New Jersey Gov. Phil Murphy signed an executive order to raise the state’s goal of electric power generated from offshore wind power to 7,500 megawatts by 2035.
The November order increases the state’s goal for offshore wind-generated electricity from the 3,500 megawatts the state had originally set as a goal for 2030.
In June the state Board of Public Utilities approved a $1.6 billion wind-energy farm to be built about 15 miles off the coast of Atlantic City as part of the effort to meet the earlier goal.
At a news conference announcing the executive order, Murphy said offshore wind will generate enough electricity to meet more than 50 percent of the state’s demand for electric power.
“Think about it for a second: When we meet this goal, our offshore winds will generate enough electricity to power more than 3.2 million New Jersey homes,” Murphy said. “We will meet half of our electric power need.”
Former vice president and climate change activist Al Gore appeared alongside Murphy at the new conference, praising him and comparing the fight against climate change to Pearl Harbor, the Battle of the Bulge, and the 9/11 terrorist attacks.
Studies Cast Doubt
The governor’s signature climate change effort is a bad idea for New Jersey’s residents and businesses, as four different studies performed between 2008 and 2012 show offshore wind energy will come at a high cost, says John Droz, executive director of the Alliance for Wise Energy Decisions.
A study conducted by the state of New Jersey in 2008 and two others performed by consultants on behalf of the state in 2012 each concluded generating power from offshore wind industrial facilities would result in higher energy costs, lost jobs, and economic flight. The results of New Jersey’s analyses of the net economic liability of offshore wind were confirmed by a fourth study conducted by the Beacon Hill Institute in 2011.
“No other state in the country has four studies showing wind power is bad for consumers, the military, and the environment,” Droz said.
Calls for Consumer Protests
Wind-generated electricity is a bad choice for a variety of reasons, says Rob Bradley Jr., CEO and founder of the Institute for Energy Research.
“Offshore wind power is the most expensive form of a noncompetitive technology to generate electricity, as well as being a visual blight,” Bradley said. “Massive government subsidies are required, which explains why Gov. Murphy is turning to central planning and mandating a wind power capacity quota.
“Utilities should not buy the extravagant power, and consumers beholden to the utilities should protest as well,” Bradley said.
Neither Murphy nor Gore will admit wind energy is necessarily part-time energy requiring backup by other sources, Droz says.
“If you have a 100 megawatt offshore wind farm, someplace onshore there is a 100 megawatt gas facility that is 100 percent of the time paired to it because wind is constantly fluctuating all of the time and can go to zero quickly, so when it goes to zero, something has to be there because the grid has to be balanced every fraction of a second,” Droz said. “So if 100 megawatts drops off because of a lull in wind, what do you expect them to do, let Hoboken go black until the wind picks up again?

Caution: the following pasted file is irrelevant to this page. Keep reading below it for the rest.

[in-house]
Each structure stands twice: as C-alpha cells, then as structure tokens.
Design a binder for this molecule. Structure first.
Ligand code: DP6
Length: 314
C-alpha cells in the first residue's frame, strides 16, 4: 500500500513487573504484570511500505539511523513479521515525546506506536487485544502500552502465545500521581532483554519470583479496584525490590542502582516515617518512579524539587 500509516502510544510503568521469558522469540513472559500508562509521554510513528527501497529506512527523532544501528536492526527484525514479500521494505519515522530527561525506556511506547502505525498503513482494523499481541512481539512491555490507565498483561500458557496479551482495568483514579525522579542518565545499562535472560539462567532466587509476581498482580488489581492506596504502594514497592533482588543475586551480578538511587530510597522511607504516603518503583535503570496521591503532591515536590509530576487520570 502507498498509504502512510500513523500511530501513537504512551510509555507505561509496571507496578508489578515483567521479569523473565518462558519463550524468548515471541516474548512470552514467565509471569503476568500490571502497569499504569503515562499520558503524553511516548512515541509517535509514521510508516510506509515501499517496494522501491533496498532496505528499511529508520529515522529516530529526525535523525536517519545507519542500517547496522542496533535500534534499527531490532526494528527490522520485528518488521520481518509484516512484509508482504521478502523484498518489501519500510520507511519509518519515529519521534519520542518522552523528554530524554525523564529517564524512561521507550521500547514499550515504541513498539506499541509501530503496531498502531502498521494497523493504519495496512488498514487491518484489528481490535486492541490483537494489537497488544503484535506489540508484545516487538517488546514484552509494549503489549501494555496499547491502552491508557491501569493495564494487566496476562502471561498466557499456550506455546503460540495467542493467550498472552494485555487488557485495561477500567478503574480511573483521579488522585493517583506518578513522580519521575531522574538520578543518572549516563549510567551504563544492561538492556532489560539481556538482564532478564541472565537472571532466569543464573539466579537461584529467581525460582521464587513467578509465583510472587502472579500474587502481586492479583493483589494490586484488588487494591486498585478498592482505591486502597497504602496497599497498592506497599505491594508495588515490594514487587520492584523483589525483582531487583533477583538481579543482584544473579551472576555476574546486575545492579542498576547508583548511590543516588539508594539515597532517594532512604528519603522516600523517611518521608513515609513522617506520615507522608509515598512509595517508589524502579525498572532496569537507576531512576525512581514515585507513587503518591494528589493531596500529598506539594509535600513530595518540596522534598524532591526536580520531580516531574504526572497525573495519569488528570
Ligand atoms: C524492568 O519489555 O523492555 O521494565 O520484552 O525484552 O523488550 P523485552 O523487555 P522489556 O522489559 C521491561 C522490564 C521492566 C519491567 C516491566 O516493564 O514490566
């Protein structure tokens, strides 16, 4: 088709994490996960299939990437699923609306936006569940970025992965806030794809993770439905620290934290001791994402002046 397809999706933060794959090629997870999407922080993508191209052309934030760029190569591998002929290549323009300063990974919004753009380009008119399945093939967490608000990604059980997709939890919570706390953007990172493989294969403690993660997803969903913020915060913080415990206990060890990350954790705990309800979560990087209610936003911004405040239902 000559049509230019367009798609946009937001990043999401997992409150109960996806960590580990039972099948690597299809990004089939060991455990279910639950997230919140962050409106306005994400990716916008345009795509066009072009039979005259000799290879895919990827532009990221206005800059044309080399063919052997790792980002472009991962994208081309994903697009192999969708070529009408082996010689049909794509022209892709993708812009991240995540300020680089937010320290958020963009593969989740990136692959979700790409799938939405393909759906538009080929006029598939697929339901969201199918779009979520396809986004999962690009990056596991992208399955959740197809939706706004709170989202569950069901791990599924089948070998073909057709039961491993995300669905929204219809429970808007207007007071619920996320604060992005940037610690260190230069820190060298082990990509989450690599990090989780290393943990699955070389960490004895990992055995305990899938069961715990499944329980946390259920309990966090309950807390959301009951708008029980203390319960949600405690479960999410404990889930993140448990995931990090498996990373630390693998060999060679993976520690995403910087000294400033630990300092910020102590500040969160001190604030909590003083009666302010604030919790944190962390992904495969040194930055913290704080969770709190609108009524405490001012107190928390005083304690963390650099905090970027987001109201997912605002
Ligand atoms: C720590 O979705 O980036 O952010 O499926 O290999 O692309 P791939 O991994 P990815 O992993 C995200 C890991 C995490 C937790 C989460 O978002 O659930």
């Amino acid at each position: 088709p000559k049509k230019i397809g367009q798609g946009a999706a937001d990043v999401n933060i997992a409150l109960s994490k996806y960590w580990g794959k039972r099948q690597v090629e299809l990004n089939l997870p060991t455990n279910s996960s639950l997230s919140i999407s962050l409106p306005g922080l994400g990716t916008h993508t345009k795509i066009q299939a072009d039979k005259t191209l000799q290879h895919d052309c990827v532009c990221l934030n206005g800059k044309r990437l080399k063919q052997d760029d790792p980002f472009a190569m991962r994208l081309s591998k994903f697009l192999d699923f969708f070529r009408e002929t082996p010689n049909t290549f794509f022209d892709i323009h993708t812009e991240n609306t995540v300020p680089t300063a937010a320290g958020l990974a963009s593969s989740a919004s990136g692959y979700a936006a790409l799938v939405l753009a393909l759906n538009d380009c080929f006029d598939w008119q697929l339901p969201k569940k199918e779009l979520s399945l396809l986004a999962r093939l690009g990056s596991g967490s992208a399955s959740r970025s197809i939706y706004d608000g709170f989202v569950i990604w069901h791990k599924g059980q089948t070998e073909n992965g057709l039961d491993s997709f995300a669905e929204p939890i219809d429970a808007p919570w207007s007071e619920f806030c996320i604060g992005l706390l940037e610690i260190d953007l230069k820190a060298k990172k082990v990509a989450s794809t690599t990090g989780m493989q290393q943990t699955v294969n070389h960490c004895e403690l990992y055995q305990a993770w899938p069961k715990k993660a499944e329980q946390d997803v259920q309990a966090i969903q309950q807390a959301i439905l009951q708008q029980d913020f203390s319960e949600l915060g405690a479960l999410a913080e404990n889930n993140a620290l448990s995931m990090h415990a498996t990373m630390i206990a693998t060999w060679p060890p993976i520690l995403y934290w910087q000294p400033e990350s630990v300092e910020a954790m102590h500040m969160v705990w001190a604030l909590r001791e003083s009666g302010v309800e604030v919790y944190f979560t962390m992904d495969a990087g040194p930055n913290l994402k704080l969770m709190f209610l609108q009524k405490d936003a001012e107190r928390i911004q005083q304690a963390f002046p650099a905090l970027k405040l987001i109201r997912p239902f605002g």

“Of course, the governor and his team and the people in the business know this, and have considered it, making the whole thing a scam, a deception nobody acknowledges publicly,” Droz said.
Politics Over Science
Meeting New Jersey’s energy needs should be strictly a technical and engineering issue, says Droz, but politics gets in the way.
“We have to acknowledge electrical energy choice is a complex technical problem, and for any technical problem we have, the answer should be found in science,” Droz said. “The only energy policy which makes sense for New Jersey is one based on science.
“Therein lies the problem, because nothing in New Jersey’s energy policy is based on science, which, to be fair, isn’t just true in New Jersey, it applies to New York and other states as well,” Droz said. “Their energy policies are written by special interest lobbyists, and any connection to science is inadvertent and accidental.”
Droz says special interests control the state’s energy policies.
“If there were any scientists involved in this process they would say, ‘Hey, this is stupid,'” Droz said. “New Jersey’s energy policy is written by lobbyists and so-called environmental groups, who call themselves ‘stakeholders,’ but there is no stakeholder representing the public, or ratepayers, or the military, or the environment, or anybody else when these policies are developed—only special-interest stakeholders need apply to shape New Jersey’s energy policy.”
Kenneth Artz ([email protected]) writes from Dallas, Texas.